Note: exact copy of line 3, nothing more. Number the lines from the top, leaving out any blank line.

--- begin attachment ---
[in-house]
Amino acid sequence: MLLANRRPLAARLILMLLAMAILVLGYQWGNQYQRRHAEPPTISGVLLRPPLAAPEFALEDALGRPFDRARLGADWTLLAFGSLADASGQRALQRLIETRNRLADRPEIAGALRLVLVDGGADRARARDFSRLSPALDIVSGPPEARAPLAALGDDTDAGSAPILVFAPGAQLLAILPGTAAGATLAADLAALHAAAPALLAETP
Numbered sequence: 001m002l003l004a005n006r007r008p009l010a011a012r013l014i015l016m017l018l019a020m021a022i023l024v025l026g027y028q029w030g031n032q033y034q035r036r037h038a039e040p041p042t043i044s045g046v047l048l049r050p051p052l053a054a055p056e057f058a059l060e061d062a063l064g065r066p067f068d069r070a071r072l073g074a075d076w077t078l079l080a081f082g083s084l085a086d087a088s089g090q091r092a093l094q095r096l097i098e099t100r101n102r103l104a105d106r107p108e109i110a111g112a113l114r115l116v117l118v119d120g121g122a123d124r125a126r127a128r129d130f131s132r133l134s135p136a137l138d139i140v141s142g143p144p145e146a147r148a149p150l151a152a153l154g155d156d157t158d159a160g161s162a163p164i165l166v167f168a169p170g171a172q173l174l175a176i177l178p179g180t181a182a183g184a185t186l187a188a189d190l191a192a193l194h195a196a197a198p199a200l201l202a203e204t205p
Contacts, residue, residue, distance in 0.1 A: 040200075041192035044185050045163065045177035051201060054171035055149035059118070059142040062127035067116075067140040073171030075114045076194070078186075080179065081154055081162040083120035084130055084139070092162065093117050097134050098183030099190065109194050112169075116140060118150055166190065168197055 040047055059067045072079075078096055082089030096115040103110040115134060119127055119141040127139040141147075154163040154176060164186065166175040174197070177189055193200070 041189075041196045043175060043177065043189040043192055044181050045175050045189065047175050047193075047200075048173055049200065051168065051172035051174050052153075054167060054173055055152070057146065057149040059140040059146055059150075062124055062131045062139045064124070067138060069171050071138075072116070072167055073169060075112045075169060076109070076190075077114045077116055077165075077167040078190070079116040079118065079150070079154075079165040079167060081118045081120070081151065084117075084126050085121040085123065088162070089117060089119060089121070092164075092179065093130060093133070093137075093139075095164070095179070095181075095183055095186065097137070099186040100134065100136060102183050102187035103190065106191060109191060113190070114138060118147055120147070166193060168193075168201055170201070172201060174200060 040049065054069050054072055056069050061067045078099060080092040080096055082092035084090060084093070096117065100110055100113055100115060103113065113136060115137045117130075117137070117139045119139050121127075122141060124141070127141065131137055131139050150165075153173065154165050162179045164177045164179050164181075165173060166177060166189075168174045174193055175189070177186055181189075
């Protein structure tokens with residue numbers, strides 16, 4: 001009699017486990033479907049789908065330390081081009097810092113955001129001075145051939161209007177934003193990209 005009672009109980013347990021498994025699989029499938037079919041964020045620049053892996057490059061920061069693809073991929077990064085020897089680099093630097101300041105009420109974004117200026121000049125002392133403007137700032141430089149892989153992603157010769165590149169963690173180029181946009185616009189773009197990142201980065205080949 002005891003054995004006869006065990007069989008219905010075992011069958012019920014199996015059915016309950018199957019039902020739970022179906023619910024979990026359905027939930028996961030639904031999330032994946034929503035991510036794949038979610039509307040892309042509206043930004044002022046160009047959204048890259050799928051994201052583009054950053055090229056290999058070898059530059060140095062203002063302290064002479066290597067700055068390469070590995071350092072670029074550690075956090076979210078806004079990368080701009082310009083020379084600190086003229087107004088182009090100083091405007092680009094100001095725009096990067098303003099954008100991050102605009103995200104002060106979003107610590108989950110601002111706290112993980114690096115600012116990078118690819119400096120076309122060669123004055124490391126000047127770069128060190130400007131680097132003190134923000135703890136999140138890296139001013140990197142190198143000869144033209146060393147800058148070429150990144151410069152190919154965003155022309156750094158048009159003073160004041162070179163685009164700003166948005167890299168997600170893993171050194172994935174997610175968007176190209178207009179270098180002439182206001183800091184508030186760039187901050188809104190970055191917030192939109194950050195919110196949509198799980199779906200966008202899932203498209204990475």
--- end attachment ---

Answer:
Numbered sequence: 001m002l003l004a005n006r007r008p009l010a011a012r013l014i015l016m017l018l019a020m021a022i023l024v025l026g027y028q029w030g031n032q033y034q035r036r037h038a039e040p041p042t043i044s045g046v047l048l049r050p051p052l053a054a055p056e057f058a059l060e061d062a063l064g065r066p067f068d069r070a071r072l073g074a075d076w077t078l079l080a081f082g083s084l085a086d087a088s089g090q091r092a093l094q095r096l097i098e099t100r101n102r103l104a105d106r107p108e109i110a111g112a113l114r115l116v117l118v119d120g121g122a123d124r125a126r127a128r129d130f131s132r133l134s135p136a137l138d139i140v141s142g143p144p145e146a147r148a149p150l151a152a153l154g155d156d157t158d159a160g161s162a163p164i165l166v167f168a169p170g171a172q173l174l175a176i177l178p179g180t181a182a183g184a185t186l187a188a189d190l191a192a193l194h195a196a197a198p199a200l201l202a203e204t205p